You may be thinking, okay, great, but how do I know what is in season in my area?

Seasonal Produce Cards

To give you an idea of what is in season for us in central Arkansas each month, we created seasonal produce cards. Arkansas has a mild winter, and you can find produce growing here all year long. Root crops and green leafy veggies thrive in our colder months, and we have a long summer growing season filled with summer annuals such as tomatoes, squash, peppers, eggplant, okra, and more.

Seasonal Recipes

Now that you have a guide to what is in season during the year, how do you want to use it to prepare delicious meals? To help with this, we created sample seasonal meal plans that show how you can easily incorporate local produce into weekly meals.

Kim Doughty-McCannon, the owner of Bell Urban Farm, shared, "Usually, I tweak my recipes to include as many local items as possible! It is a fun challenge for myself and my family each week to add as many local items to our dinner plates as possible! For example, if a soup recipe I want to make calls for barley which we don't have locally, I will substitute it with rice, something I can purchase locally."

Where to Purchase Local Produce

To purchase local food, look for local food grocery stores like the Farmstand, small grocery stores that buy direct from farmers, farmer's markets, and local farm stands. Since the pandemic, many local farmers have also started selling online or offering community-supported agriculture (CSA) boxes. Research online to find the local farmers in your area!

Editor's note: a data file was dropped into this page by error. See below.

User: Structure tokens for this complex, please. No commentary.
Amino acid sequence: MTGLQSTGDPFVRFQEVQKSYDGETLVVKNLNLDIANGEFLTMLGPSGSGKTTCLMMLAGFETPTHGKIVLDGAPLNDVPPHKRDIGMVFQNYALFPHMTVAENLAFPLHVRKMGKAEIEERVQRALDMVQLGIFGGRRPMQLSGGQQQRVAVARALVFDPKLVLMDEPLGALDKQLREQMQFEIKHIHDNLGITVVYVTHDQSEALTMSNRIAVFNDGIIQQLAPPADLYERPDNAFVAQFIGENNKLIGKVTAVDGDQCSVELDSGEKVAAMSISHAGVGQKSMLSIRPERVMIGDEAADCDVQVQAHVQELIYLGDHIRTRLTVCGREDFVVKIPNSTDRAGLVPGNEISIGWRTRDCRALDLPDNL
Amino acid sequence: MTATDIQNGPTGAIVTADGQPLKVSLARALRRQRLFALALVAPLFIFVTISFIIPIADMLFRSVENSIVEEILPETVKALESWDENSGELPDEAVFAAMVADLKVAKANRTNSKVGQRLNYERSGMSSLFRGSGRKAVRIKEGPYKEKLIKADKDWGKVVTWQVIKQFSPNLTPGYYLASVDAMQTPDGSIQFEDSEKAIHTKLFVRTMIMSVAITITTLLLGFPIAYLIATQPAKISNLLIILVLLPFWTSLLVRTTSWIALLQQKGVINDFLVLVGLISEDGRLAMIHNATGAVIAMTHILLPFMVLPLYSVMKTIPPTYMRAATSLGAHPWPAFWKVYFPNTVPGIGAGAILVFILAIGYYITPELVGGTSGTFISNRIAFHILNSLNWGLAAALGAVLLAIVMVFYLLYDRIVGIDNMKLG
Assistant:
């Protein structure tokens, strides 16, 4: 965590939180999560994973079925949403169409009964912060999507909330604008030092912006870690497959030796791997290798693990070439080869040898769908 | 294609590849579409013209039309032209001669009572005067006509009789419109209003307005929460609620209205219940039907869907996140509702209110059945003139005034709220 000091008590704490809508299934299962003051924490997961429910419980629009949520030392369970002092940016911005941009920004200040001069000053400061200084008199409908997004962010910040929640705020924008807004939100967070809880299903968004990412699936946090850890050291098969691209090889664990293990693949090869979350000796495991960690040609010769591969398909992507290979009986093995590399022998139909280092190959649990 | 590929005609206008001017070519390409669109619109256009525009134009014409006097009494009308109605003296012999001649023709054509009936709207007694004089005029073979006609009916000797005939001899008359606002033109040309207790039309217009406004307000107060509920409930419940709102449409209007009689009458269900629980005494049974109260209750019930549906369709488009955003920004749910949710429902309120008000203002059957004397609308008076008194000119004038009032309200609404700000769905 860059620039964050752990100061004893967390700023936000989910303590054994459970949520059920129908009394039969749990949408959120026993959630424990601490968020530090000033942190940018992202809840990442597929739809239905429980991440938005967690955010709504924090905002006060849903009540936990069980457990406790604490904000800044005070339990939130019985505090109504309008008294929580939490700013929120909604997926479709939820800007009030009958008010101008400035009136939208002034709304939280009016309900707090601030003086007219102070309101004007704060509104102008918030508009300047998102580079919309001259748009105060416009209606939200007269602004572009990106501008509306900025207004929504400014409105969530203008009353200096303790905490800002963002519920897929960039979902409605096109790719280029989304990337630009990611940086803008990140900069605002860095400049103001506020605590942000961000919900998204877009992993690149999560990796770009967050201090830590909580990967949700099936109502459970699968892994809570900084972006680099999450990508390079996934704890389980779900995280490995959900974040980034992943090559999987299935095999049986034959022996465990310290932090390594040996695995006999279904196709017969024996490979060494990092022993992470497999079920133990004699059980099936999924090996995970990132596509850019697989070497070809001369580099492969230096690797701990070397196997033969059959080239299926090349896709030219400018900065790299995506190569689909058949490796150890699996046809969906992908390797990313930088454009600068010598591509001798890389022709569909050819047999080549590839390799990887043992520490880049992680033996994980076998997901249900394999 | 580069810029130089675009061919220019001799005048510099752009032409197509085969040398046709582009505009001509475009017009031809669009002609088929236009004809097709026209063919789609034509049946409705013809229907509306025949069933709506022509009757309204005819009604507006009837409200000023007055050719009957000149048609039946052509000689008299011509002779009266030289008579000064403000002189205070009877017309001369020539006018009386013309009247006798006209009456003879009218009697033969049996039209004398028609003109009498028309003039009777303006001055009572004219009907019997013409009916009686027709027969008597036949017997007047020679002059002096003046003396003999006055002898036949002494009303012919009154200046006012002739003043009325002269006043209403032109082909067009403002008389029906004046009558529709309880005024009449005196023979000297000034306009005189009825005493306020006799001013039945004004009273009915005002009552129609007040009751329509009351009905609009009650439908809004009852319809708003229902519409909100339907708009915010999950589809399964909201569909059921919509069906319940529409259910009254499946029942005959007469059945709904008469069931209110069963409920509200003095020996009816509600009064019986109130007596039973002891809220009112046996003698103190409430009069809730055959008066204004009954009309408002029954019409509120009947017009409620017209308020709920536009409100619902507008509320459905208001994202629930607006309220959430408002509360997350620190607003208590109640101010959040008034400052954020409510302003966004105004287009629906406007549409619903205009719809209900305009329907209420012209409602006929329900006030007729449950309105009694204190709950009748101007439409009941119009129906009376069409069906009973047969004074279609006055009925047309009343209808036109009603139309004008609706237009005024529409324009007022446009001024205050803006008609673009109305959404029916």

If you live in or near Conway, Arkansas, we have several options for accessing local produce:

  • The Farmstand: The Farmstand is our local food grocery store at Bell Urban Farm. We are open seven days a week, year-round, and we purchase directly from over 100 other local farmers and artisans. We also offer seasonal farm boxes that you can sign up for. These CSA-style farm boxes are a great way to become familiar with the local food in our area! Read the Q&A blog about our Farm Boxes, and sign up for our newsletter to be notified when the next Farm Box is available!
  • Conway Locally Grown: "CLG" is an online farmer's market. You place your order online at the beginning of each week and pick it up every Friday afternoon in downtown Conway. New items are listed weekly by local farmers.
  • Farmers' Markets: We currently have two main Farmers' Markets in Conway. The Downtown Conway Farmers' Market and the Conway Farmers' Market at Antioch Church.

"I challenge you to seek out local, seasonal food. Commit to adding more locally grown items to your meals each week. Forming a relationship with the food on your plate and the farmer who grew it is the best feeling in the world and, in my opinion, the best part of eating locally!" Kim Doughty-McCannon shared.